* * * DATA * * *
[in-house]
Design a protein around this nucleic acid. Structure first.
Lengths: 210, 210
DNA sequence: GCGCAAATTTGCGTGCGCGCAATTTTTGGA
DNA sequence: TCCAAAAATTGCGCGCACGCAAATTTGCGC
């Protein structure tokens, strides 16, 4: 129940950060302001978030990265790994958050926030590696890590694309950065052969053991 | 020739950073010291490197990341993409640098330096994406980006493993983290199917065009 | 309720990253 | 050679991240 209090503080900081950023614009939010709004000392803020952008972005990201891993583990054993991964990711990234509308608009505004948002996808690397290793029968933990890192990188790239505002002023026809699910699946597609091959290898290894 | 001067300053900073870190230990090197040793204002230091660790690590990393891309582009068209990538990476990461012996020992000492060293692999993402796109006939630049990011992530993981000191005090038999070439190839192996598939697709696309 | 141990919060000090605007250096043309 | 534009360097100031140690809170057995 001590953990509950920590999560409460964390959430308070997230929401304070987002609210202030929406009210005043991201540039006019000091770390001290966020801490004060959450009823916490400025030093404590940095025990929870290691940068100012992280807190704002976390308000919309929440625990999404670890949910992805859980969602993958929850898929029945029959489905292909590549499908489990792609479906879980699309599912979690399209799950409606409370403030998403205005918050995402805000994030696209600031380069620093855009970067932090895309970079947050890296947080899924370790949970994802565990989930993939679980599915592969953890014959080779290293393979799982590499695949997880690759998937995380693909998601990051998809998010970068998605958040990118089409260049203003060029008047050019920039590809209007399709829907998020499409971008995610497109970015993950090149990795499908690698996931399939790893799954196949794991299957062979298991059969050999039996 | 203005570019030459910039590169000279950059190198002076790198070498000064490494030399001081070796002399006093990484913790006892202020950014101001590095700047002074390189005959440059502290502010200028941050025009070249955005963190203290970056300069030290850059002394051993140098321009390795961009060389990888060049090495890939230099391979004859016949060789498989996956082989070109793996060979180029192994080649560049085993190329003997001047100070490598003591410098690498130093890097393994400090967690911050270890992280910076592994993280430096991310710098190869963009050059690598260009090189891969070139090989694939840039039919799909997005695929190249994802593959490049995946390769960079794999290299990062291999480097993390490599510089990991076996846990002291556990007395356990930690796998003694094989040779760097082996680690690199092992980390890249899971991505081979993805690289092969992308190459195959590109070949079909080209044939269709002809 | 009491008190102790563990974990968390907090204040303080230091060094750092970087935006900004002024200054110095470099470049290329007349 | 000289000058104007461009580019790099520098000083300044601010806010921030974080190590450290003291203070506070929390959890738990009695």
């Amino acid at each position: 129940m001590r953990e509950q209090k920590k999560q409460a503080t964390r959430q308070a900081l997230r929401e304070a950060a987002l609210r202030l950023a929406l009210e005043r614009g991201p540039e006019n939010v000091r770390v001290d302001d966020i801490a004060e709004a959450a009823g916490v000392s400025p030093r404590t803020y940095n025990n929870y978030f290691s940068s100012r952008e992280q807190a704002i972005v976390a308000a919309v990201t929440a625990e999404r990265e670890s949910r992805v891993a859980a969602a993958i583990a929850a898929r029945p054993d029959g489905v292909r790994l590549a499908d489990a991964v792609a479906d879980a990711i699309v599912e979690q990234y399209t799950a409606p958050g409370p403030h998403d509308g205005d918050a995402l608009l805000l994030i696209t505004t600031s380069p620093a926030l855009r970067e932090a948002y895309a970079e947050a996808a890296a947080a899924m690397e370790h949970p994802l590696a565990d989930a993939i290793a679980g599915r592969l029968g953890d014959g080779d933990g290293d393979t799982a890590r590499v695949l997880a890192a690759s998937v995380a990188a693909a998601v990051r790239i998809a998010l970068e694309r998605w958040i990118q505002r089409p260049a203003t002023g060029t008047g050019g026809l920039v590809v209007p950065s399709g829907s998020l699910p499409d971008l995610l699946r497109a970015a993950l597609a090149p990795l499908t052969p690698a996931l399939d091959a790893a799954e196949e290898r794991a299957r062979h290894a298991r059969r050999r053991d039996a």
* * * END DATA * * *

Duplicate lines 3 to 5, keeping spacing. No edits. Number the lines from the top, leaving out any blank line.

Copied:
Lengths: 210, 210
DNA sequence: GCGCAAATTTGCGTGCGCGCAATTTTTGGA
DNA sequence: TCCAAAAATTGCGCGCACGCAAATTTGCGC